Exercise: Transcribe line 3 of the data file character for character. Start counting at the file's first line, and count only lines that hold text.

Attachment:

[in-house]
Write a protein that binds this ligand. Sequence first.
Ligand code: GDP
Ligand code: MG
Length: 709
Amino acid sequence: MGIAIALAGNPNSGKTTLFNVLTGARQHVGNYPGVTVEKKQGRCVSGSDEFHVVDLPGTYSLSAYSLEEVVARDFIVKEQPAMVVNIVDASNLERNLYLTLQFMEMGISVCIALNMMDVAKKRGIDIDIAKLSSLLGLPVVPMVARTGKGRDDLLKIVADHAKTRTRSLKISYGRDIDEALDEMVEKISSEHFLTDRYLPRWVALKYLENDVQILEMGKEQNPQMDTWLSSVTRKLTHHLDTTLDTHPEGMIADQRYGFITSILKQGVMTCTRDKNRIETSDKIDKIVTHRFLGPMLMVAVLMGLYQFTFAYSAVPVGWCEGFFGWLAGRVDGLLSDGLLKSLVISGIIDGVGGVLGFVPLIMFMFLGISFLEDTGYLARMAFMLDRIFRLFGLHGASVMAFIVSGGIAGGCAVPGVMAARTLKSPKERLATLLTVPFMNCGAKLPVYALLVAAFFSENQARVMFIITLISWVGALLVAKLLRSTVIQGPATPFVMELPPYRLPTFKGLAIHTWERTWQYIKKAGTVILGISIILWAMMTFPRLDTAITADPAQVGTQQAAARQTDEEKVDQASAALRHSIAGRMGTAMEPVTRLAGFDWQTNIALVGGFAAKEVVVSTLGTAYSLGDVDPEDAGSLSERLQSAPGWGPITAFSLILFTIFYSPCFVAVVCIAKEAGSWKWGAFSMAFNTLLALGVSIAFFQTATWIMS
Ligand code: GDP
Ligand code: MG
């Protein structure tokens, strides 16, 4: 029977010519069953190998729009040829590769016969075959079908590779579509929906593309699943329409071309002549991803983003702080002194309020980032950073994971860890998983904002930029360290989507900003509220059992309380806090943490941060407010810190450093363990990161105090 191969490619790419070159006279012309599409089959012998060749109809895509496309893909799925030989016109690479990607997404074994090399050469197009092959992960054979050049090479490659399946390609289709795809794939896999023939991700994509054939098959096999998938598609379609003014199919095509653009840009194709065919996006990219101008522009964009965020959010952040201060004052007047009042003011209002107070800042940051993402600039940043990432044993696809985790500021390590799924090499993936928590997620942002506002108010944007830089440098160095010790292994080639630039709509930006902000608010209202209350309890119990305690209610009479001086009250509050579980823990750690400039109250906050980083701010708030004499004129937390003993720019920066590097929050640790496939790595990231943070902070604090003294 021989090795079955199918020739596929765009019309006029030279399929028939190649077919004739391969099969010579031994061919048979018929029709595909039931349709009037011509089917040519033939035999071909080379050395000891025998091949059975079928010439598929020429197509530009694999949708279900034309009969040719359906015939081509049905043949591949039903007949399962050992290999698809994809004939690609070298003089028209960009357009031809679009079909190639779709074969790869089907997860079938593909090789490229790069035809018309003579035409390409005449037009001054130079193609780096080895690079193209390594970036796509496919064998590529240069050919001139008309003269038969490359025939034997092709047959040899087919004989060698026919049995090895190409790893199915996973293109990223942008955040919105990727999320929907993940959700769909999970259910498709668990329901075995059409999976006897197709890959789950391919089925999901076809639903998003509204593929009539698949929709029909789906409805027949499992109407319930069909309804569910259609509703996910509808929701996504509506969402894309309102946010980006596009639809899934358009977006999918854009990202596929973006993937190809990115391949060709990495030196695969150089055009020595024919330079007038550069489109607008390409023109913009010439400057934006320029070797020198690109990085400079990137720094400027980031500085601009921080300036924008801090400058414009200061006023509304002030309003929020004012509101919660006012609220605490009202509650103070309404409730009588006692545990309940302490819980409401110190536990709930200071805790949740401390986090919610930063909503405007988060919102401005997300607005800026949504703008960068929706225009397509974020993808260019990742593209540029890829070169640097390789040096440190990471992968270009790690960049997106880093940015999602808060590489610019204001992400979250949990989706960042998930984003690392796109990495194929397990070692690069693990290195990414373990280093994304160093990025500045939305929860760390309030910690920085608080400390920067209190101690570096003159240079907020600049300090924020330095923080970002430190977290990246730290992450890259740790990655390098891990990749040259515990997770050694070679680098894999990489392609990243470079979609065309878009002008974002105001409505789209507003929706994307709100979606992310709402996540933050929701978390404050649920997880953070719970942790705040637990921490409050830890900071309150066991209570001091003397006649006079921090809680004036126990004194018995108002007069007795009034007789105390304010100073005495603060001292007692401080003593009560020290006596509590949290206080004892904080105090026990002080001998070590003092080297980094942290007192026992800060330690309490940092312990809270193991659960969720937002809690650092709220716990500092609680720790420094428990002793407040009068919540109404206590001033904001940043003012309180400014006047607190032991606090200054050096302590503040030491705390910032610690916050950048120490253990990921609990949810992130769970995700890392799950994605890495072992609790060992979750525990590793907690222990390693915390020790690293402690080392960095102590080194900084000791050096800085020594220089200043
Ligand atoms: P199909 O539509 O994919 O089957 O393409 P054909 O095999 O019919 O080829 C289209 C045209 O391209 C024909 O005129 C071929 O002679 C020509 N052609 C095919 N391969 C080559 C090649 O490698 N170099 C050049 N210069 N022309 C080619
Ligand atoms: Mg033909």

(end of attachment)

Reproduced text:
Ligand code: GDP